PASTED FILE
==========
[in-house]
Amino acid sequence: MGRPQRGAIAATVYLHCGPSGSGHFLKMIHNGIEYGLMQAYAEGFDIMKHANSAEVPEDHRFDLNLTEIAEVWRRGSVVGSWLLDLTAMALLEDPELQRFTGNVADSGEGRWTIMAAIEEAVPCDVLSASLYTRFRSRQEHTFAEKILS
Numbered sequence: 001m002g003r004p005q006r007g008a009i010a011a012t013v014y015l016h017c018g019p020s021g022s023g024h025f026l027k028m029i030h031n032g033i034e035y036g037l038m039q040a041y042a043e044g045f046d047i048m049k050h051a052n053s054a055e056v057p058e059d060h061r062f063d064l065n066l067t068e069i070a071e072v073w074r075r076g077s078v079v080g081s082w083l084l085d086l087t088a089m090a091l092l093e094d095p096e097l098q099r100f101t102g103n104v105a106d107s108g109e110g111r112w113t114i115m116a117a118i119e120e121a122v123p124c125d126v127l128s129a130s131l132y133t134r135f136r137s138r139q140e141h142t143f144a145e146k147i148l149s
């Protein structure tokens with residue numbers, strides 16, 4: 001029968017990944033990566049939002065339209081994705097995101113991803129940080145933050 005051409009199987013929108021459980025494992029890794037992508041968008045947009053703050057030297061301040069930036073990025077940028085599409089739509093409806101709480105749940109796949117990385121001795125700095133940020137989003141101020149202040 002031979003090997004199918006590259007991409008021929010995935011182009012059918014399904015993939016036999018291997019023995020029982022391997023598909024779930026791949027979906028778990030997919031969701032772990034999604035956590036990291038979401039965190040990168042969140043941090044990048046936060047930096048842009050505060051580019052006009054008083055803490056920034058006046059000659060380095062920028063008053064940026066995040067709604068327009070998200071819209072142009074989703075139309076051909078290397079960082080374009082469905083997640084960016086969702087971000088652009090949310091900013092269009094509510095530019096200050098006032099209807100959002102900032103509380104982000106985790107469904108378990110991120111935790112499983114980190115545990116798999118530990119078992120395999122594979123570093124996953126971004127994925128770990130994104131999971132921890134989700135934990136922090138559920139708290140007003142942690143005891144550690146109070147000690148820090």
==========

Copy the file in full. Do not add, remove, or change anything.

[in-house]
Amino acid sequence: MGRPQRGAIAATVYLHCGPSGSGHFLKMIHNGIEYGLMQAYAEGFDIMKHANSAEVPEDHRFDLNLTEIAEVWRRGSVVGSWLLDLTAMALLEDPELQRFTGNVADSGEGRWTIMAAIEEAVPCDVLSASLYTRFRSRQEHTFAEKILS
Numbered sequence: 001m002g003r004p005q006r007g008a009i010a011a012t013v014y015l016h017c018g019p020s021g022s023g024h025f026l027k028m029i030h031n032g033i034e035y036g037l038m039q040a041y042a043e044g045f046d047i048m049k050h051a052n053s054a055e056v057p058e059d060h061r062f063d064l065n066l067t068e069i070a071e072v073w074r075r076g077s078v079v080g081s082w083l084l085d086l087t088a089m090a091l092l093e094d095p096e097l098q099r100f101t102g103n104v105a106d107s108g109e110g111r112w113t114i115m116a117a118i119e120e121a122v123p124c125d126v127l128s129a130s131l132y133t134r135f136r137s138r139q140e141h142t143f144a145e146k147i148l149s
């Protein structure tokens with residue numbers, strides 16, 4: 001029968017990944033990566049939002065339209081994705097995101113991803129940080145933050 005051409009199987013929108021459980025494992029890794037992508041968008045947009053703050057030297061301040069930036073990025077940028085599409089739509093409806101709480105749940109796949117990385121001795125700095133940020137989003141101020149202040 002031979003090997004199918006590259007991409008021929010995935011182009012059918014399904015993939016036999018291997019023995020029982022391997023598909024779930026791949027979906028778990030997919031969701032772990034999604035956590036990291038979401039965190040990168042969140043941090044990048046936060047930096048842009050505060051580019052006009054008083055803490056920034058006046059000659060380095062920028063008053064940026066995040067709604068327009070998200071819209072142009074989703075139309076051909078290397079960082080374009082469905083997640084960016086969702087971000088652009090949310091900013092269009094509510095530019096200050098006032099209807100959002102900032103509380104982000106985790107469904108378990110991120111935790112499983114980190115545990116798999118530990119078992120395999122594979123570093124996953126971004127994925128770990130994104131999971132921890134989700135934990136922090138559920139708290140007003142942690143005891144550690146109070147000690148820090």